The first is acquiring a first-rounder via trade, which would almost certainly have to involve Deandre Ayton. The Suns won’t dump him just to get a first-rounder, but if there’s a pick to be had in a deal that acquires a starting-caliber center and rotation-level wing, that could be an avenue worth exploring.
Teams with multiple first-rounders like the Indiana Pacers (Nos. 7 and 26), Charlotte Hornets (Nos. 2 and 27), Orlando Magic (Nos. 6 and 11), Portland Trail Blazers (Nos. 3 and 23), Utah Jazz (Nos. 9, 16 and 28) and Brooklyn Nets (Nos. 21 and 22) could be candidates. However, the Jazz and Nets would probably have to be part of a three-team trade since they’re already set at the 5-spot with young centers, and the Blazers will be looking to consolidate their picks into a deal for star-level talent to satisfy Damian Lillard.
The other option for the Suns is buying their way into the second round, and there are plenty of teams with multiple picks that may not want to use every selection they own. Again, the Hornets (Nos. 34, 39 and 41), Pacers (Nos. 40 and 55), Magic (No. 36), Blazers (No. 43) or Nets (No. 51) could come into play.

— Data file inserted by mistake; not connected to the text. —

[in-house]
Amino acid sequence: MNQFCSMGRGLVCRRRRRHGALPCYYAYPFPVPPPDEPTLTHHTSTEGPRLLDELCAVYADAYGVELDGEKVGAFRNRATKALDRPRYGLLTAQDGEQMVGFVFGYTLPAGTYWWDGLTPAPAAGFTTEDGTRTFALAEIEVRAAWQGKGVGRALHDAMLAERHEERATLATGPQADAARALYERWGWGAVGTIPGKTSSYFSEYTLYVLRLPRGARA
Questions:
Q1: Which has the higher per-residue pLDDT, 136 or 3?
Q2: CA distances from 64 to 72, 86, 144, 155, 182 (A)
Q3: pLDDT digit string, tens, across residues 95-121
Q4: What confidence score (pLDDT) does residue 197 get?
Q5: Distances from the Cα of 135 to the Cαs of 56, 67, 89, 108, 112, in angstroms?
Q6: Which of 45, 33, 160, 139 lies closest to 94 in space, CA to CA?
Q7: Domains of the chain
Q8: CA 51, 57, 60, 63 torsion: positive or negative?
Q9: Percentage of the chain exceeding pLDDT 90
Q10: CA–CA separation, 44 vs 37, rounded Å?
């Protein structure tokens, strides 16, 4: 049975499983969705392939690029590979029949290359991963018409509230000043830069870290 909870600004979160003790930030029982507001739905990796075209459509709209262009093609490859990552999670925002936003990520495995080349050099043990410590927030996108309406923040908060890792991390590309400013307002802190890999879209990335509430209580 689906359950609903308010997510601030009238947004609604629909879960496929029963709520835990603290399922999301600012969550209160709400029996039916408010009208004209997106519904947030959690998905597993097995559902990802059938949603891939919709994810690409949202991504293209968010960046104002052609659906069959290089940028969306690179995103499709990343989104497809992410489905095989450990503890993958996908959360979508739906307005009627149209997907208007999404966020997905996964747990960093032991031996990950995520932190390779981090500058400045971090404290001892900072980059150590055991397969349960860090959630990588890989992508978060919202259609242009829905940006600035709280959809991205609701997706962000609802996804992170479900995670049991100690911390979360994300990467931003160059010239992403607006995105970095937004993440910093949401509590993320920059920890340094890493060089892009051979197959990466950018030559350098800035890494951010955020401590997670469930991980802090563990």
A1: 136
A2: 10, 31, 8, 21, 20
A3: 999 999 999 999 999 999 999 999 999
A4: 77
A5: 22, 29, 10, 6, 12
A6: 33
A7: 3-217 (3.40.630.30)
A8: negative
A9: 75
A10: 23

Consider the Denver Nuggets (Nos. 29, 32 and 37), Washington Wizards (Nos. 8, 30, 42 and 57), Oklahoma City Thunder (Nos. 12, 37 and 50), Sacramento Kings (Nos. 24, 38 and 54), Memphis Grizzlies (Nos. 45 and 56) and San Antonio Spurs (Nos. 33 and 44 after taking Victor Wembanyama first overall) as other options to target in the second round, given how many picks they have.
Late first-round Suns targets
Andre Jackson Jr. — Jackson, the No. 29 prospect on Vecenie’s superb draft guide, was mentioned as something of a best-case scenario for the Suns by Ben Pfeifer on Wednesday’s PHNX Suns podcast (above). There are serious questions about his ability to contribute in a half-court setting due to his poor shot mechanics, but his lack of offense shouldn’t scare off the Suns if they weasel their way into the first round.
Jackson is an unbelievable athlete who makes great decisions, despite those decisions coming in the blink of an eye because of his unrelenting motor. This 6-foot-6 wing out of UCONN is a great on- and off-ball defender, and his nonstop motion on offense could help compensate for his complete lack of shooting range. Phoenix has enough offense, but adding a high-end athlete with insane leaping ability, lightning lateral quickness and endless energy who can also think the game, make smart passes or cuts, and defend multiple positions would be a huge plus.
Ben Sheppard — As the No. 28 prospect on Vecenie’s list who was also mentioned by Pfeifer on the pod, Sheppard is a prototypical 3-and-D wing, only he’s a bit higher-end than what the Suns will find if they stay at No. 52.